Research Identifies How Gene Mechanisms Influence Pediatric MDS

Each year, approximately 1 in every 1 million infants is diagnosed with pediatric myelodysplastic syndromes (MDS), a group of rare disorders characterized by the abnormal or deficient formation of blood cells in the bone marrow. However, researchers wanted to understand the underlying mechanisms behind this condition. In the past, both SAMD9 and SAMD9L mutations have been linked to pediatric MDS; in fact, approximately 8% of pediatric patients with MDS have one of these mutations. According to the University of Texas Health Science Center at San Antonio, a research team recently learned more about the effects of these genes – and identified a potential therapeutic target moving forward.

If you’re interested in reading the full study results, you can find them published in the Proceedings of the National Academy of Sciences (PNAS).

SAMD9 and SAMD9L 

Within this particular study, researchers expanded on prior knowledge of SAMD9 and SAMD9L. Normally, these genes play a role in immune response. They activate upon infection, stop tumor growth, and fight foreign invaders. However, the mutations cause the genes to be overactive – or more constantly activated. Researchers were able to learn that protein synthesis is interrupted in pediatric MDS. The genetic mutations halt or slow down protein synthesis, causing the immune system to not work as well.

Additionally, researchers were able to identify a protein region that could be a future therapeutic target. When active, this region promoted protein synthesis issues. However, when researchers made this region inactive, symptoms and toxicity were reduced. Therefore, researchers hope to focus in on this region in future research. Ultimately, this could help determine new therapeutic options for those with pediatric MDS.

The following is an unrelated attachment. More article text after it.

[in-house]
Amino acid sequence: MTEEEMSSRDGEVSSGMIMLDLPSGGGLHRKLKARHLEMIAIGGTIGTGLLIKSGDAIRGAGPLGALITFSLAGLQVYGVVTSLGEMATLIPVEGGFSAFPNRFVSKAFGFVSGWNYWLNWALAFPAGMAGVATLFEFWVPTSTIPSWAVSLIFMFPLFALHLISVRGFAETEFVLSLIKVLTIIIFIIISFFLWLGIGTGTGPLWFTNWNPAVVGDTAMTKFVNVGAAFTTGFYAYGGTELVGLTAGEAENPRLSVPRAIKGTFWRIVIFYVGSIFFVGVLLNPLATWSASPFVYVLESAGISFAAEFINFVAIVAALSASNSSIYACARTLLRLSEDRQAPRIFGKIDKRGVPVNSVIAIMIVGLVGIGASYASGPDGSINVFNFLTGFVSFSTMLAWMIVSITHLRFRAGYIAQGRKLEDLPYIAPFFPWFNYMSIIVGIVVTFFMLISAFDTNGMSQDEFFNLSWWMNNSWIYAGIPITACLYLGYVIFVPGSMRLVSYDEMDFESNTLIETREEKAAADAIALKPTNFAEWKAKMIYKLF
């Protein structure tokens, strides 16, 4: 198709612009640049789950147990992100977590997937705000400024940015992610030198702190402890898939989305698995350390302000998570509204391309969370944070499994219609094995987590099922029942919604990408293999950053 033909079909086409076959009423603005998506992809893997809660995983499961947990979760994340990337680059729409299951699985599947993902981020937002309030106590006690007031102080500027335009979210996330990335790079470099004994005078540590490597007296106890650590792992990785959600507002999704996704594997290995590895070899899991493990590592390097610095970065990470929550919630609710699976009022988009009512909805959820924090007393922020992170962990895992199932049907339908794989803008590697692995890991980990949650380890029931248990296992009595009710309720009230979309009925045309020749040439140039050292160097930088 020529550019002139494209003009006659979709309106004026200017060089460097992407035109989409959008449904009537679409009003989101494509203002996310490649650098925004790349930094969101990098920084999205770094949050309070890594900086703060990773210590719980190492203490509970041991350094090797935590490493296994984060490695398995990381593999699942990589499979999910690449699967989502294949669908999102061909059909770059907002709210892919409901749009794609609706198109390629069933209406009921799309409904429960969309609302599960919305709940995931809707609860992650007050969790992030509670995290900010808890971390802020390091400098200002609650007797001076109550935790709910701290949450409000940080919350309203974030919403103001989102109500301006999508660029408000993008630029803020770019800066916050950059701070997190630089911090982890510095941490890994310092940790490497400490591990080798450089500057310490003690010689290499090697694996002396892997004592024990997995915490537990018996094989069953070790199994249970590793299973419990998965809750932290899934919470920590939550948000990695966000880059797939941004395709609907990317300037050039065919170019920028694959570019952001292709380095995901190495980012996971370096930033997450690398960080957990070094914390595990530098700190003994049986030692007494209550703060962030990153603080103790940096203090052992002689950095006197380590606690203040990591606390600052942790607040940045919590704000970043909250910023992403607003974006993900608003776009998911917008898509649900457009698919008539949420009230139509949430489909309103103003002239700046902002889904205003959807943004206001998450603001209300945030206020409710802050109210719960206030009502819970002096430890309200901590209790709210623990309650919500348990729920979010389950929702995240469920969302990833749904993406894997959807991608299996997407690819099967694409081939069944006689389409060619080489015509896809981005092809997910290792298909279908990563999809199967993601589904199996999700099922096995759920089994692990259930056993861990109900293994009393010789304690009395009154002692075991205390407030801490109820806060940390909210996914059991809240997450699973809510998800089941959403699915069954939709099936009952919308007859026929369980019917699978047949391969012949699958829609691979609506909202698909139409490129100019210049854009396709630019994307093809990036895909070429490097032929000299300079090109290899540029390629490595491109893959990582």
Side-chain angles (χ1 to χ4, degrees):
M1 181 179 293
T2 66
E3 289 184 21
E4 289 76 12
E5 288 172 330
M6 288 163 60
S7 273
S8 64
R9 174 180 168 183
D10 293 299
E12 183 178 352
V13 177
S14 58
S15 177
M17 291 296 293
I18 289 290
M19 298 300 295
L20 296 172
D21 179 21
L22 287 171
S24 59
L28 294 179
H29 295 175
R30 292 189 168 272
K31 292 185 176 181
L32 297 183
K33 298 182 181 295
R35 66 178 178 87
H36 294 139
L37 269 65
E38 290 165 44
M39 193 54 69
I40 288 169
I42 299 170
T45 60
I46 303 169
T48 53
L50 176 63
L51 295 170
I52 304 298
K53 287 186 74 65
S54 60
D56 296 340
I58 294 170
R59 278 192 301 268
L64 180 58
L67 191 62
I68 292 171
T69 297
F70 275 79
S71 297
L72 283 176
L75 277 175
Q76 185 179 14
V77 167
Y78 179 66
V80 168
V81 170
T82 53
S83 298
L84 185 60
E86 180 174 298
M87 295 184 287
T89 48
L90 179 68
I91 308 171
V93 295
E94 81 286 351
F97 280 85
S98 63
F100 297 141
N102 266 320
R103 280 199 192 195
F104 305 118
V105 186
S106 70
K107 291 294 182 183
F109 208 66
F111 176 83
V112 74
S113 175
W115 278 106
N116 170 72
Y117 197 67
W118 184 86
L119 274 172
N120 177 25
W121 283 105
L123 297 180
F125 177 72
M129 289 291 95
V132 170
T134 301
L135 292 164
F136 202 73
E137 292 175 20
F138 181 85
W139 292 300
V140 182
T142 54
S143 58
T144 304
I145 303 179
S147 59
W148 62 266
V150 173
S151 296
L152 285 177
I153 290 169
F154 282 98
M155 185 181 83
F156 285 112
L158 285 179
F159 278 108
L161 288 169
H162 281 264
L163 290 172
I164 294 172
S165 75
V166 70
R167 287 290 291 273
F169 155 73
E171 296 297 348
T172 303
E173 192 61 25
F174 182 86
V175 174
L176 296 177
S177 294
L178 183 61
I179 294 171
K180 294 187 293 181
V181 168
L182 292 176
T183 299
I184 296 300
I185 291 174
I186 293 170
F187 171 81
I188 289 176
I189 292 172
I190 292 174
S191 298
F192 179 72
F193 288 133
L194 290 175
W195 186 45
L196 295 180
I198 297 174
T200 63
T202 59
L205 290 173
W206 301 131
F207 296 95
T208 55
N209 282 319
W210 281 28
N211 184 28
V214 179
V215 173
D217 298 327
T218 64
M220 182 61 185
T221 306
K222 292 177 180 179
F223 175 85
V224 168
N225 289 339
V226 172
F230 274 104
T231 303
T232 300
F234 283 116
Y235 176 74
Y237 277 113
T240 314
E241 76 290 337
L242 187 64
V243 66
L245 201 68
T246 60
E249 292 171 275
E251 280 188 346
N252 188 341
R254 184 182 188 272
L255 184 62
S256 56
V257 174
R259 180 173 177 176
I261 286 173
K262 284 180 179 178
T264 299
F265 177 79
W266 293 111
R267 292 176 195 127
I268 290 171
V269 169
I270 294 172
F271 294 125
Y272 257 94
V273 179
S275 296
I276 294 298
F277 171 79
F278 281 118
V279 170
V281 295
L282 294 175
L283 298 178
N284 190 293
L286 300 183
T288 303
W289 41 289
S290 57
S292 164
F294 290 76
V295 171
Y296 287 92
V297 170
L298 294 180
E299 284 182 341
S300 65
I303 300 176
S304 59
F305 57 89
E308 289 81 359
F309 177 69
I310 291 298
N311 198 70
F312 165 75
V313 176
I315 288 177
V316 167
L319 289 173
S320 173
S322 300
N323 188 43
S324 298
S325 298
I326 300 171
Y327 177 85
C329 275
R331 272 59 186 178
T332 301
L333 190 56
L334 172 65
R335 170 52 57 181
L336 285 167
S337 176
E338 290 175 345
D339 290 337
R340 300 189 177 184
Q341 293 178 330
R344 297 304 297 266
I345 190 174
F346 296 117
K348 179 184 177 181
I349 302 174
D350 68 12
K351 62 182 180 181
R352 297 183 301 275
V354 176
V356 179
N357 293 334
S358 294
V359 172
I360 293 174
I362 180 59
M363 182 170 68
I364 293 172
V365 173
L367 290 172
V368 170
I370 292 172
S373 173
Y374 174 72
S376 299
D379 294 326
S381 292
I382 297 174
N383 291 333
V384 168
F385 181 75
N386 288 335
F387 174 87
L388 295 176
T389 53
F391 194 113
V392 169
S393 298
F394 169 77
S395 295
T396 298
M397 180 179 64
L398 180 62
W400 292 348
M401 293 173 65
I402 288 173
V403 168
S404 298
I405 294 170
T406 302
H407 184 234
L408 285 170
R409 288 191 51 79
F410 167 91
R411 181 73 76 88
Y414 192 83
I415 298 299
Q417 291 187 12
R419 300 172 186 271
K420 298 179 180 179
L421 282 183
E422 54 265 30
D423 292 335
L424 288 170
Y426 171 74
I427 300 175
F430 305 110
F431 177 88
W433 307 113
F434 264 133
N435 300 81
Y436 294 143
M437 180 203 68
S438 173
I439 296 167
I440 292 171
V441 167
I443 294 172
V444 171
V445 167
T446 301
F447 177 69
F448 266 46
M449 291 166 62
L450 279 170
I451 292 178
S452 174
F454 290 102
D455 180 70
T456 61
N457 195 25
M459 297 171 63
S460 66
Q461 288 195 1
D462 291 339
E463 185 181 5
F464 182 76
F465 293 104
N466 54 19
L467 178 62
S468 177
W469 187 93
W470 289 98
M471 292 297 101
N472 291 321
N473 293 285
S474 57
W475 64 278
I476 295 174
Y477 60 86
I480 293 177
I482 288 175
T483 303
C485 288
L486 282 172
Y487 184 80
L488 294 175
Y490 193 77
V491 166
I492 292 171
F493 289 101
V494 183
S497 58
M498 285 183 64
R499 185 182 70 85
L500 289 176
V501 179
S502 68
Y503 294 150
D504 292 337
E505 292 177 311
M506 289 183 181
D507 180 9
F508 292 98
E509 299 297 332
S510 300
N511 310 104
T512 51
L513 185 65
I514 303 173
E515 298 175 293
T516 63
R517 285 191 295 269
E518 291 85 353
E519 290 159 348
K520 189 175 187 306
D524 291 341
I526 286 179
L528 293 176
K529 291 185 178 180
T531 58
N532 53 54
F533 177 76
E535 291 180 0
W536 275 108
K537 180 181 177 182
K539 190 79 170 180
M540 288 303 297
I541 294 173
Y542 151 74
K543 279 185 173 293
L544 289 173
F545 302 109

Myelodysplastic Syndromes (MDS)

Altogether, there are five subtypes of myelodysplastic syndromes (MDS): refractory anemia, refractory anemia with sideroblasts, refractory anemia with excess blasts, refractory anemia with excess blasts in transformation, and chronic myelomanocytic leukemia. In each case, these conditions prevent the bone marrow from producing enough platelets, or red and white blood cells. These blood cells either die early or fail to leave the bone marrow. In around 50% of cases, MDS progresses to become acute myeloid leukemia (AML). MDS most often occurs in older individuals, and in males more than females. Symptoms include:

  • Anemia (low red blood cell count)
  • Fatigue and general malaise
  • Heart palpitations
  • Shortness of breath and/or difficulty breathing
  • Chest pain
  • Pallor (pale skin)
  • Neutropenia (low white blood cell count)
  • Frequent infections
  • Thrombocytopenia (low platelet count)
  • Easy bruising and bleeding
Jessica Lynn

Jessica Lynn

Jessica Lynn has an educational background in writing and marketing. She firmly believes in the power of writing in amplifying voices, and looks forward to doing so for the rare disease community.

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